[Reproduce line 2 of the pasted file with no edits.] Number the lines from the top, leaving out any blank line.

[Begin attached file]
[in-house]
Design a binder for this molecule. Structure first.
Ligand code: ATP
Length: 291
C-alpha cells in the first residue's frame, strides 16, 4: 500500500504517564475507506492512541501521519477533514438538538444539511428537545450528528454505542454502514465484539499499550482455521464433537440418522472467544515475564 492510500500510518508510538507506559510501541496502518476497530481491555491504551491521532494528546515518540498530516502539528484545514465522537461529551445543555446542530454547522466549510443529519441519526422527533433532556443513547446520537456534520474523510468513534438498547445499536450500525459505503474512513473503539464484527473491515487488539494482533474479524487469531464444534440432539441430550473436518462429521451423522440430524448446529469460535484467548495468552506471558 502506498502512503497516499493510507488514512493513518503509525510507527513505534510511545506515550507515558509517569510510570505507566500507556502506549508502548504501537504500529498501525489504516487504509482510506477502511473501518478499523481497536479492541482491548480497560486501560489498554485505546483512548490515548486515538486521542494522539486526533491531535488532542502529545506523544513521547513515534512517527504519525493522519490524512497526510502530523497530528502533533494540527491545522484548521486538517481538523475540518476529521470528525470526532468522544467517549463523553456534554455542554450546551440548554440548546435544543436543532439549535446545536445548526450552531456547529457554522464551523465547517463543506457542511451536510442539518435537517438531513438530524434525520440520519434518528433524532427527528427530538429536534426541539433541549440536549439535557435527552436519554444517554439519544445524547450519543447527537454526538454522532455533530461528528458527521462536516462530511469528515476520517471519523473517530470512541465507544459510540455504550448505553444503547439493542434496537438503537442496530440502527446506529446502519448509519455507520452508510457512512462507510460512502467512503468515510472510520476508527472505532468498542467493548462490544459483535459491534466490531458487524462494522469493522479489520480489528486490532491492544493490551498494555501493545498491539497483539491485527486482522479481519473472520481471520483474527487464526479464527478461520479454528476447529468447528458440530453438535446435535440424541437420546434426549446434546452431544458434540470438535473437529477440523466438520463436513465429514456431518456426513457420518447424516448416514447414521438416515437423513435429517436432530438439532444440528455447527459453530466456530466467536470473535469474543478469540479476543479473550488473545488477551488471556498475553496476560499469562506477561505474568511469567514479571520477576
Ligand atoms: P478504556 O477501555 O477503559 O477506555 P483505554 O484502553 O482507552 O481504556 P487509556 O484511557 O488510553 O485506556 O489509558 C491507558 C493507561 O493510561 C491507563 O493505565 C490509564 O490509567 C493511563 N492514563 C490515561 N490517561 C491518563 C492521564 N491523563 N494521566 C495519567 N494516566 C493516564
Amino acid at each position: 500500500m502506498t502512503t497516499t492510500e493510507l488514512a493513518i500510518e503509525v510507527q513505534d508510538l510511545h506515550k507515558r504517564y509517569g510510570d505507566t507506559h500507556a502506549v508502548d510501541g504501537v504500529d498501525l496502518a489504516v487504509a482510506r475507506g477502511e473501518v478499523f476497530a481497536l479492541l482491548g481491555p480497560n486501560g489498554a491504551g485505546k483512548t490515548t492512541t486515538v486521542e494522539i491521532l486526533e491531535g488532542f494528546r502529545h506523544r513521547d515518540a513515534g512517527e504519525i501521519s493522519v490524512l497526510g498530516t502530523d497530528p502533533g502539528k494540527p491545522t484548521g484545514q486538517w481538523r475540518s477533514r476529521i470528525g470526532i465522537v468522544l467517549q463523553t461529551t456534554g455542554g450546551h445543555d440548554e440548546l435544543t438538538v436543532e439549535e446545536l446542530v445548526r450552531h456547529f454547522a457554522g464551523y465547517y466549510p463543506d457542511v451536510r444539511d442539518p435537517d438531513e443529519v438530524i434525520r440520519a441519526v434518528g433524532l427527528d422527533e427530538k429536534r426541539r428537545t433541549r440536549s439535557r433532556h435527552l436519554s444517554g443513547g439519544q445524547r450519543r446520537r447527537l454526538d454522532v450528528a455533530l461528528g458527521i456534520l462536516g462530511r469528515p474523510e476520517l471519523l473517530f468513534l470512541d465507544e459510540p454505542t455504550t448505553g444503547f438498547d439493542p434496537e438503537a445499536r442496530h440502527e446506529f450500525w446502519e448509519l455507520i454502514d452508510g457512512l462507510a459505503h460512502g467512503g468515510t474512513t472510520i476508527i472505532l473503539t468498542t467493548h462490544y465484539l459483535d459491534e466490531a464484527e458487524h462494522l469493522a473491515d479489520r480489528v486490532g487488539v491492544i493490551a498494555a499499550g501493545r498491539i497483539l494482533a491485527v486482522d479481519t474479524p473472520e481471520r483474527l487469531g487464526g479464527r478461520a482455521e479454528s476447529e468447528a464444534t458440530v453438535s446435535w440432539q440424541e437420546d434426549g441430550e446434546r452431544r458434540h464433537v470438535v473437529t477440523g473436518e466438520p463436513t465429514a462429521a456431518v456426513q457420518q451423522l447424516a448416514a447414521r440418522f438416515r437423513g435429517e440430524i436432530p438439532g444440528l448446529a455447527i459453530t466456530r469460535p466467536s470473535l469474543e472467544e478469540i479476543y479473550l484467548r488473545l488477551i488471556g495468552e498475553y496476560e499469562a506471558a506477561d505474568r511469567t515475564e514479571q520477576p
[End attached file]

Design a binder for this molecule. Structure first.